The only reply he could offer was a hum that had no meaning, neither agreeing or disagreeing with her. He picked up his hot chocolate and her ice pack, following her into the living room where they relaxed on the couch. He smiled when she put on her new shoes and showed them off by kicking her feet up in the air. Rocket bounced onto the cushion next to Garrus, new toy in mouth and mowing his fool head off until he crawled into Garrus’s cowl and settled into a deep sleep.
Shepard watched Rocket the whole time, a soft smile on her lips. “Thanks, Garrus,” she said. “From both of us.”
A warm ripple rolled through his chest. “You’re welcome.”
Her smile dropped, fear replacing the happiness. “Oh god, your family is going to see my dumb face. I’m going to have to tell them what I did.”
A mixture of nerves and self-righteous satisfaction rose up in him. His parents would fuss over Jane, which would make him feel guilty, but at the same time he’d be able to tell Sol he was right.
Standing outside Castis and Val’s apartment, Jane cupped her hand over her eye, certain that once the Vakarian family saw her shiner they’d make a fuss. She’d need a minute to explain, tell them it wasn’t as bad as it looked. Prepare herself for Sol and Garrus’s jokes. Castis would insist she be more careful. Val would offer assurances and comfort. And all of it was god damn embarrassing.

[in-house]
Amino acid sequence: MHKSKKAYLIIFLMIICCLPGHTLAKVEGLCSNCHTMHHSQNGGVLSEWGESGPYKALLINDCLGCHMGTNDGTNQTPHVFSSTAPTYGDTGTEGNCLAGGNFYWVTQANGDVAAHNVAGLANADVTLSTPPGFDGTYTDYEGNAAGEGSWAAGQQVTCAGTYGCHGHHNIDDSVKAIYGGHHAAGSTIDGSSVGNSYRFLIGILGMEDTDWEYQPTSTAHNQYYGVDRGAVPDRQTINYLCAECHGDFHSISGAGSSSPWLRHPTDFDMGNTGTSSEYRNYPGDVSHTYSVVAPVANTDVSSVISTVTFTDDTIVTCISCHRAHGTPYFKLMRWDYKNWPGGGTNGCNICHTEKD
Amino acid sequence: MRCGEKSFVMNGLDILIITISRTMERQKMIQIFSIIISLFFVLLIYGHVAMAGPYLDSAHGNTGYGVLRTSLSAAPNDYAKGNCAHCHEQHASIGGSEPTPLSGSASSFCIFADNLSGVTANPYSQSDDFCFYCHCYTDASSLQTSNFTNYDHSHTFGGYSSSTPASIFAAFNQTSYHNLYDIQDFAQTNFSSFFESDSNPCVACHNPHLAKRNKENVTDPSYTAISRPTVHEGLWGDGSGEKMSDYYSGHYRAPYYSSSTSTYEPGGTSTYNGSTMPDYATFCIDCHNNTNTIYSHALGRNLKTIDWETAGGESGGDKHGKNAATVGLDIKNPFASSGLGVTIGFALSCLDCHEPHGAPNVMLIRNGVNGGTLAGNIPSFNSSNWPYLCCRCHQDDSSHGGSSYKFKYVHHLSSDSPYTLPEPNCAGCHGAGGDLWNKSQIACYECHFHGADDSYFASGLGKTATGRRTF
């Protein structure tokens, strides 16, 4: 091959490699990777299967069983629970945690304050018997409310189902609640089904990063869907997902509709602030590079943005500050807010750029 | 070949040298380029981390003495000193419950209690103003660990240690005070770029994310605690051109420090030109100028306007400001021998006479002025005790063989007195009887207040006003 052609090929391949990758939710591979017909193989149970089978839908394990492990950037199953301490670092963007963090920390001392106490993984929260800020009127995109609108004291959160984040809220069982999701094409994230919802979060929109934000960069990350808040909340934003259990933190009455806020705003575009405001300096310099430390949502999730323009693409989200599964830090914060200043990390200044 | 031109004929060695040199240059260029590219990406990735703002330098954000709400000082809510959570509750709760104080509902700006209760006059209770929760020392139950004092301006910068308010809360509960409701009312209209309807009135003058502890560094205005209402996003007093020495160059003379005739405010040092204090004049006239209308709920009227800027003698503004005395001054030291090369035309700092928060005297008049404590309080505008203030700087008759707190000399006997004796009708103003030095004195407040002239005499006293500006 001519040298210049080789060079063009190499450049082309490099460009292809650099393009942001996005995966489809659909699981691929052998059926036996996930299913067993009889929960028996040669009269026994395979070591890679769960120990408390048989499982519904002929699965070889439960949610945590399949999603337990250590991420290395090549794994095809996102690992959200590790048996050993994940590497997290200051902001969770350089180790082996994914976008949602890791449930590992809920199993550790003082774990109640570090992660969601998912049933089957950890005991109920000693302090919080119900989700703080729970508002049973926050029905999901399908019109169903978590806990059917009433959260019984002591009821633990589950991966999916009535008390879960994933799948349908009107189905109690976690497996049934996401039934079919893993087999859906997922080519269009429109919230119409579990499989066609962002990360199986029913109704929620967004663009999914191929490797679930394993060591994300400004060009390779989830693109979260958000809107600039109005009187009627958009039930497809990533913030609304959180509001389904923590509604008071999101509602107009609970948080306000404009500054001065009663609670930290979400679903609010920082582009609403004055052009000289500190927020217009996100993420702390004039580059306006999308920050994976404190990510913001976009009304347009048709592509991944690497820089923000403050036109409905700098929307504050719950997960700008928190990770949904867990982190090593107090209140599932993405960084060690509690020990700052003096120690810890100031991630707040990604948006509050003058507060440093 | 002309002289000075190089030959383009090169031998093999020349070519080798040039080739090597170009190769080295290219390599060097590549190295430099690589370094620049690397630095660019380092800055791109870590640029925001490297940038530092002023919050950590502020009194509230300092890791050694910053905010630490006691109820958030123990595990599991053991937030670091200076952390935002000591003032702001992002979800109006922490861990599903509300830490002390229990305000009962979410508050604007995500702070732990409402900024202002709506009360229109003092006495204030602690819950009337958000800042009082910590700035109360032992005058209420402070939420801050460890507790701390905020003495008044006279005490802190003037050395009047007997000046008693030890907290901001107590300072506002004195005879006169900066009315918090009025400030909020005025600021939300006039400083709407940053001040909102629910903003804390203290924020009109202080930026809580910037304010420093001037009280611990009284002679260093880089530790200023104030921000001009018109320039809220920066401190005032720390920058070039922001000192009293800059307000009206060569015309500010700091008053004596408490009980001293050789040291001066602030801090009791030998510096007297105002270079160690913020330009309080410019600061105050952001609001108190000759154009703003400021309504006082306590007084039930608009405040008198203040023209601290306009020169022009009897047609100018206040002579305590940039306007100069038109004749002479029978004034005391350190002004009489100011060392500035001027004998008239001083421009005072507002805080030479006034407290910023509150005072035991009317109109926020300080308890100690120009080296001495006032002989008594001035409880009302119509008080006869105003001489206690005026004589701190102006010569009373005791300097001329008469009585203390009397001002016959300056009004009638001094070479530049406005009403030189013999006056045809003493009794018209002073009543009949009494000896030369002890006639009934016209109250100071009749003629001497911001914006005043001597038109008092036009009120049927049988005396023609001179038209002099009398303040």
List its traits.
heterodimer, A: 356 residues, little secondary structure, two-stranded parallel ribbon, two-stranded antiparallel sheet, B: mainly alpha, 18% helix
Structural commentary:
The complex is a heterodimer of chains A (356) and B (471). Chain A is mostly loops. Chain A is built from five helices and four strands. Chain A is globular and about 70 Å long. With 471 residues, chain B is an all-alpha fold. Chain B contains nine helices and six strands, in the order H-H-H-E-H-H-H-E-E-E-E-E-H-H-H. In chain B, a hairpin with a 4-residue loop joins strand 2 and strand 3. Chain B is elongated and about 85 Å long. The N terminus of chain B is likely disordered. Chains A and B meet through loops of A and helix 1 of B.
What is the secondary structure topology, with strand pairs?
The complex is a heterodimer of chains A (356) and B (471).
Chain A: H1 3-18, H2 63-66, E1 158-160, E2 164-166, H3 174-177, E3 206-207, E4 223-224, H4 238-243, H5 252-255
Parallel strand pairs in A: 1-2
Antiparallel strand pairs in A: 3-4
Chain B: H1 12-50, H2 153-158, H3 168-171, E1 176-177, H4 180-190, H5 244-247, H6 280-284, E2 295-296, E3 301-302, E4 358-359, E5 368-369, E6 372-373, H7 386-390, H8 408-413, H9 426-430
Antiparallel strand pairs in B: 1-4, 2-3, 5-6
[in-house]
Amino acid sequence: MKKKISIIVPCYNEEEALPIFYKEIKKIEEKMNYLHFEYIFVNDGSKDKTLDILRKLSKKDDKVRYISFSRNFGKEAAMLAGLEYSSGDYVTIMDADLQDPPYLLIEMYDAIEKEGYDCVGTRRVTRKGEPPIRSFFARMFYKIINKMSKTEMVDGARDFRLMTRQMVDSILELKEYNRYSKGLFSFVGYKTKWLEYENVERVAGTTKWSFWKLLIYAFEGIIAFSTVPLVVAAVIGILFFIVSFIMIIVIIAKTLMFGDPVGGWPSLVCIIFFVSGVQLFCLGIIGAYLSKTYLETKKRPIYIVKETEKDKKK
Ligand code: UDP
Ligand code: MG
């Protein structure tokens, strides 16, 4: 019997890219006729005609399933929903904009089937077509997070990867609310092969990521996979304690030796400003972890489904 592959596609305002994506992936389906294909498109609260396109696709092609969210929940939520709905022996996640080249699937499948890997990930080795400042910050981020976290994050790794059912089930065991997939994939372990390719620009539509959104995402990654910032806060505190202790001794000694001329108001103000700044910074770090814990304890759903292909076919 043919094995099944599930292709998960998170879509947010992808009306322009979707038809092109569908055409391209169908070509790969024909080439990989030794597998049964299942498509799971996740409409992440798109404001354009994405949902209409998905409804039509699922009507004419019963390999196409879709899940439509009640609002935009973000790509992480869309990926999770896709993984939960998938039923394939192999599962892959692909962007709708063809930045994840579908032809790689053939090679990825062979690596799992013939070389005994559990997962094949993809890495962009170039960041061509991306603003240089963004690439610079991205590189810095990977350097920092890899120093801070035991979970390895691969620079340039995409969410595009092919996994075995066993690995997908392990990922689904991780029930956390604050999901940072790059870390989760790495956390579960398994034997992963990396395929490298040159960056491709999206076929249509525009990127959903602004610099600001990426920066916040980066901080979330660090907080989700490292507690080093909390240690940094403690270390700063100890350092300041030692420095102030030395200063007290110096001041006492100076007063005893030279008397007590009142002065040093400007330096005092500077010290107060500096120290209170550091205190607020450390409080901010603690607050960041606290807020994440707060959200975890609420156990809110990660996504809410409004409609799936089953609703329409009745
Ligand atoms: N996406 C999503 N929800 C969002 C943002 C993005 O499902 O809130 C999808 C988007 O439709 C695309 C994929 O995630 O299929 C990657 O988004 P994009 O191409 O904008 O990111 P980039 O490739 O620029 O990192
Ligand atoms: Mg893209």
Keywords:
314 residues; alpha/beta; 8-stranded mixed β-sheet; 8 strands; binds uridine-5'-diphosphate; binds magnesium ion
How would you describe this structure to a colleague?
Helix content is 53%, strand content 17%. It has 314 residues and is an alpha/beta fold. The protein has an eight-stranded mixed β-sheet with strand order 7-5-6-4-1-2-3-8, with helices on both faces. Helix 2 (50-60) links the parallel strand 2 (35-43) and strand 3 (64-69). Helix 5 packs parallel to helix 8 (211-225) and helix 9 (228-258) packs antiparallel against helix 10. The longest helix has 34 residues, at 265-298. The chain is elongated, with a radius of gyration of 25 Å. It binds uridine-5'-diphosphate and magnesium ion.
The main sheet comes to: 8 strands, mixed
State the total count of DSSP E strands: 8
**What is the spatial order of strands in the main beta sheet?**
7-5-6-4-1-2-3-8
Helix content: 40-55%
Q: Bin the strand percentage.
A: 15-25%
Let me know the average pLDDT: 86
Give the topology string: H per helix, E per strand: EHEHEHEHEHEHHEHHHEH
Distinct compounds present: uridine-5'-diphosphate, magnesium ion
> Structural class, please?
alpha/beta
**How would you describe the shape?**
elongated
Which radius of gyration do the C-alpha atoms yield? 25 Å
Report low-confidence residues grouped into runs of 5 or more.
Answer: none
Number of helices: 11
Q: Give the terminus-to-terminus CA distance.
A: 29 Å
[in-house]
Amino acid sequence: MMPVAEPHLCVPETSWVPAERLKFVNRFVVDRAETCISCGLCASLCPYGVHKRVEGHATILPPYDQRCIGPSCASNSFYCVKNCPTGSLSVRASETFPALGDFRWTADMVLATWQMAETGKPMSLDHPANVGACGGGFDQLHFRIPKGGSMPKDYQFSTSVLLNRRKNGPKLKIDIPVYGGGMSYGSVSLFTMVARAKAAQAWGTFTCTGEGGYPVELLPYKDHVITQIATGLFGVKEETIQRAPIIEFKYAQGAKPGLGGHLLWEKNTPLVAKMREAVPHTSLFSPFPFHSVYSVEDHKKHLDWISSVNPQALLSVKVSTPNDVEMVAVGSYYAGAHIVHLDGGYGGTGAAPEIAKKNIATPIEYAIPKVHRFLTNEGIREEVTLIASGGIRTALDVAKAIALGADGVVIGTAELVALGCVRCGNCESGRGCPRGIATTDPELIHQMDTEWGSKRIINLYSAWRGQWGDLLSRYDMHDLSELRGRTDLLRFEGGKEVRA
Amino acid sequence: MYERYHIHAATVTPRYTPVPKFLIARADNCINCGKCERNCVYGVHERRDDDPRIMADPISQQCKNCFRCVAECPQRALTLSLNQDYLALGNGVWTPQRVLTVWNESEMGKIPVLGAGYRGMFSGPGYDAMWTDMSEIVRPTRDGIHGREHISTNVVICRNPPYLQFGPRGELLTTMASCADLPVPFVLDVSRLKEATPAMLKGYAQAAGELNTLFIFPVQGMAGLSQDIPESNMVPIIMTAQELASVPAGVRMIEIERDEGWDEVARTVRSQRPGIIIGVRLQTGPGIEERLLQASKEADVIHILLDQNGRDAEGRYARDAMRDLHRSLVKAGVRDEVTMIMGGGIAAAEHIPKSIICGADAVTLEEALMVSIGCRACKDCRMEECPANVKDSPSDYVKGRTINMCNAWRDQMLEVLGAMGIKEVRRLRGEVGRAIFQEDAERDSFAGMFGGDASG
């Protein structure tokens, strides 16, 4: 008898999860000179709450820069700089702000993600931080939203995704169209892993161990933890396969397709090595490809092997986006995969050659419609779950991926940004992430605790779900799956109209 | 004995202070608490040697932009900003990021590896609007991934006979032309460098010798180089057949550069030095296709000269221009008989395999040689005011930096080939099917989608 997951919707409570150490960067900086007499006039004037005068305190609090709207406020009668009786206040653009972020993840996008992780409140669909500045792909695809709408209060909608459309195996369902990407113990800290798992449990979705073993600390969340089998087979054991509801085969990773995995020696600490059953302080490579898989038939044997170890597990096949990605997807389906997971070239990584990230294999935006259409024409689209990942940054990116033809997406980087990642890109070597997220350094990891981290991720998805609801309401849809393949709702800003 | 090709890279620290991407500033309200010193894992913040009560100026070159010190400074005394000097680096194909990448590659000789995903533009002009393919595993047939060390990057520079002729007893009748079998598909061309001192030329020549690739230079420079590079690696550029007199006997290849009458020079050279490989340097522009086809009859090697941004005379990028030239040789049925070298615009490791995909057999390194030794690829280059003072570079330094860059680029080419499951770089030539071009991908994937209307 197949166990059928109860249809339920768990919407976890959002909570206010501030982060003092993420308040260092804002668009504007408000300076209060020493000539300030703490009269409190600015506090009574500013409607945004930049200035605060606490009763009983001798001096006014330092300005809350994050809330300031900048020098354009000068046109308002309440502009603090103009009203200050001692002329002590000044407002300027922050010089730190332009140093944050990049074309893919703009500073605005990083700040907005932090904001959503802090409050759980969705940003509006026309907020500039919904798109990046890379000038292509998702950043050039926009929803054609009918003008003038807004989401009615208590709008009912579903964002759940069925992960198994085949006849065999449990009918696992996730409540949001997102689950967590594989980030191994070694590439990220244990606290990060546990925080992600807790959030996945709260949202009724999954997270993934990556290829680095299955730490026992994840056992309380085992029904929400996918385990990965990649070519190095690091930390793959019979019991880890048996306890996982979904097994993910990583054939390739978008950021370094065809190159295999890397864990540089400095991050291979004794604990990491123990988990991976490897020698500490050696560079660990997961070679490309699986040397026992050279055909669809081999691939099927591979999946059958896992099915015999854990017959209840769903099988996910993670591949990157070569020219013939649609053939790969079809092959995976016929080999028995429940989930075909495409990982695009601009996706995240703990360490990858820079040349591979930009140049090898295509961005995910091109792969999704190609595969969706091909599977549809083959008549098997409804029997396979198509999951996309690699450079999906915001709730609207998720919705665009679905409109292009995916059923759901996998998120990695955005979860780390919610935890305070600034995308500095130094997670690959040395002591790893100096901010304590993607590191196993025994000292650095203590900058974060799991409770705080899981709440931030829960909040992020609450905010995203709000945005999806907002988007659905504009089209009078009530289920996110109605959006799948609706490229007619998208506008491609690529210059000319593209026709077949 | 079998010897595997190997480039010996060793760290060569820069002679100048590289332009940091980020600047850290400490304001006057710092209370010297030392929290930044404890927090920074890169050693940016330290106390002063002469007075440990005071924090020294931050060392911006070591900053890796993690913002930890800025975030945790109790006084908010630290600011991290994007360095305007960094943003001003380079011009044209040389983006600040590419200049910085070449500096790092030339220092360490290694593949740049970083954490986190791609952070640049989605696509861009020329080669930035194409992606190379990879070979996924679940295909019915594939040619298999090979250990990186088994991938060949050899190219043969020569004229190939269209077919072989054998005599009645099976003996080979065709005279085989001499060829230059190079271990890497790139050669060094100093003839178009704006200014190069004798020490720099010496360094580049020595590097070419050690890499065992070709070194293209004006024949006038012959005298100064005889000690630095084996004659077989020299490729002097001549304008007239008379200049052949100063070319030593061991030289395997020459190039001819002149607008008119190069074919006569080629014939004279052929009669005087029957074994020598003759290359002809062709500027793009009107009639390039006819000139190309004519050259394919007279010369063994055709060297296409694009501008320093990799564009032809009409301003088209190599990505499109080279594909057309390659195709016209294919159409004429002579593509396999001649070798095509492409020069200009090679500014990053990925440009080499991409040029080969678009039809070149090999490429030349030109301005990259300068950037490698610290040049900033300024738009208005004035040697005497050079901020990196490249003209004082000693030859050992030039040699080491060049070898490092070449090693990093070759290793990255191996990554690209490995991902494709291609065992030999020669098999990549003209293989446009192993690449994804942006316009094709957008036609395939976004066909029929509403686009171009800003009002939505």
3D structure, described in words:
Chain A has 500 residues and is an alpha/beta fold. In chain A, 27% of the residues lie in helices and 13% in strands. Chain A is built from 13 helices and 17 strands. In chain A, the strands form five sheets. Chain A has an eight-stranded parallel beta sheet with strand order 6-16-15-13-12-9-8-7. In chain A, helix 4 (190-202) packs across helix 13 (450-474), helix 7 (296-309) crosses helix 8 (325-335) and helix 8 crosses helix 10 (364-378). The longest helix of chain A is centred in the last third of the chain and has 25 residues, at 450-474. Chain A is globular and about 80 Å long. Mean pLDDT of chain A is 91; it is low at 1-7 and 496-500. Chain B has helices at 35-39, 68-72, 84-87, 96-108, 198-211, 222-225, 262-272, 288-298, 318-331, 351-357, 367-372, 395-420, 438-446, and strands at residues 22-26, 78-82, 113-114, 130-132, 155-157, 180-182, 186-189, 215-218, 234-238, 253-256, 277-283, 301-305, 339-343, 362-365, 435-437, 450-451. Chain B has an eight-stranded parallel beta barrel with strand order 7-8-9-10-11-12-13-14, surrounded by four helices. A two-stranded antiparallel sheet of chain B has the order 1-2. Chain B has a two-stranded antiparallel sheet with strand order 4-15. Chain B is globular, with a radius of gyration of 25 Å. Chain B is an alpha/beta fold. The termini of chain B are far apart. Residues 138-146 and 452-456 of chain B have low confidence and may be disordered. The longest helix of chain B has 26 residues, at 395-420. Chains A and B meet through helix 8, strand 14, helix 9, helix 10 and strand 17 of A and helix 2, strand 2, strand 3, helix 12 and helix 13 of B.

An officer. A damn good shot. And she’d hurt herself.
All these thoughts zipped through her mind as they waited. Garrus gave her a sly side eye, either excited to make fun of her or worried about getting an earful for this as her conspirator. Probably both.
The door slid open, Castis on the other side with mandibles spread wide in a warm smile.
She was hoping Val would see them first to offer some calm before Castis had a chance to worry. Garrus drew in a quick breath while she cradled her eye tighter. Why did it feel like she was a kid again, worried about getting in trouble for messing around with her best friend?
All because of a silly Christmas present.
Castis’s smile dropped and his steel-blue eyes narrowed as they settled on the hand covering her eye.
“It’s not that serious,” she explained. Her free hand even rose up to halt the worry and accusations she knew were a mandible flick away.
“What’s happened?” As expected, Castis’s mandibles twitched.